The pandemic was a blessing in disguise since I could join the Beahrs Environmental Leadership Program (Beahrs ELP), delivered by the University of California, Berkeley. It's the first time the Beahrs ELP team has delivered its program online. Although, I still expect that I will be able to visit Berkeley in person next year or in the following years.
Another silver lining is that since I did not have to travel to Berkeley, I have more time to learn and improve my leadership skills and meet new people than is possible in person currently. Joining the Beahrs ELP cohort is one of the highlights of my year, with their growing alumni network of more than 702 members from over 114 countries, including Indonesia, my home country.
With 20 years of experience, the Beahrs ELP offers a series of interdisciplinary workshops with a focus on innovation and collaboration. This is vital for any conservation professional and environmental leader in this fast-paced work environment where we are continuously challenged to meet goals and seek solutions to address the world's pressing problems such as climate change and biodiversity loss.
After the Beahrs ELP, I will continue my work at the HCV Network with more confidence in applying this knowledge to the HCV Network Learning workstream and related environmental and sustainability projects. As a lifelong learner, I am not only learning from the Beahrs ELP instructors but also my cohort. The ELP participants come from various backgrounds and specialties, from Ph.D. students, start-up entrepreneurs, early career professionals, senior-level practitioners with more than 15 years of experience to company staff, government officials, think tank researchers, and NGO activists. Within my cohort and Beahrs ELP Project, I can share and learn from others. We are currently working on using awareness to improve environmental attitudes and showcase the importance of environmental leaders. My group’s project is titled “Heroines of the Earth: Women Who Care for the Planet '' with team members from Angola, Palestine, Brazil, Mauritius, and Ukraine.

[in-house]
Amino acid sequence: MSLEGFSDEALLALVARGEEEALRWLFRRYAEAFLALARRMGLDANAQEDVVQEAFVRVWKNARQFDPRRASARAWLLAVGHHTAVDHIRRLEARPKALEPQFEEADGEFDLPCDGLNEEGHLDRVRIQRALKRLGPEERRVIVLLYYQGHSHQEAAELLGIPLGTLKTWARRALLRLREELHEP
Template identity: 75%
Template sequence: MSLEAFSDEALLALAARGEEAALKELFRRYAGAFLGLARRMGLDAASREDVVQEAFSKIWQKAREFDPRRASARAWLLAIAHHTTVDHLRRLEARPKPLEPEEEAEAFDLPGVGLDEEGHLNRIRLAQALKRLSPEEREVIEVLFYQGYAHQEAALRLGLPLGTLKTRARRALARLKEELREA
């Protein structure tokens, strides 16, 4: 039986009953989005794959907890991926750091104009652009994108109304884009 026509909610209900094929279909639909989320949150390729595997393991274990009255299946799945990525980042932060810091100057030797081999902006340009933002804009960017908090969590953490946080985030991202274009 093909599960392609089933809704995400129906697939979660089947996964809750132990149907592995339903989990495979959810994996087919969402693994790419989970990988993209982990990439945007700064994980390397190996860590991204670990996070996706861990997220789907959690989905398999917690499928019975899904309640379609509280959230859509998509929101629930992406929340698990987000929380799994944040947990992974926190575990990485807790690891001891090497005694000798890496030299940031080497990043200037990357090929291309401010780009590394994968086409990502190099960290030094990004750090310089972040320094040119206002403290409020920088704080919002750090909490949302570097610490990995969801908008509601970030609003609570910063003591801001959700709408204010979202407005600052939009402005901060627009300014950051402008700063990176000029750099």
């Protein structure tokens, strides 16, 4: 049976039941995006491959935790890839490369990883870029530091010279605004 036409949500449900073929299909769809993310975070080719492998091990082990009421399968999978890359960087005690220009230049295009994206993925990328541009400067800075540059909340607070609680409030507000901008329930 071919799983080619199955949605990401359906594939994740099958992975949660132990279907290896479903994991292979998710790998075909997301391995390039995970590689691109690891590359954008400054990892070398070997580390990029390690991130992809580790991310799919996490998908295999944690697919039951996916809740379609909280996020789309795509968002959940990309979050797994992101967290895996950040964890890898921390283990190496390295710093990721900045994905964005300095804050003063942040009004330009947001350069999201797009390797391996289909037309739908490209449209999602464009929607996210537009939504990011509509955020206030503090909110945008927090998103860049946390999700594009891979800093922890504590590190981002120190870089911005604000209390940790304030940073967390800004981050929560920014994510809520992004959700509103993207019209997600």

Another thing I learned throughout the sessions is “good decision making relies on good science”. As environmental leaders, we are an active community with a strong focus on global environmental issues. The Beahrs ELP is a tremendously important program for creating a space for global environmental leaders to exchange new ideas and nourish friendship and mentorship opportunities with close coordination from UC Berkeley faculty and industry experts. If you have a chance to participate in the Beahrs ELP, I fully recommend it and suggest that you apply in advance and give a heads up to your organization so they can give you ample time to provide sponsorship or a reference letter.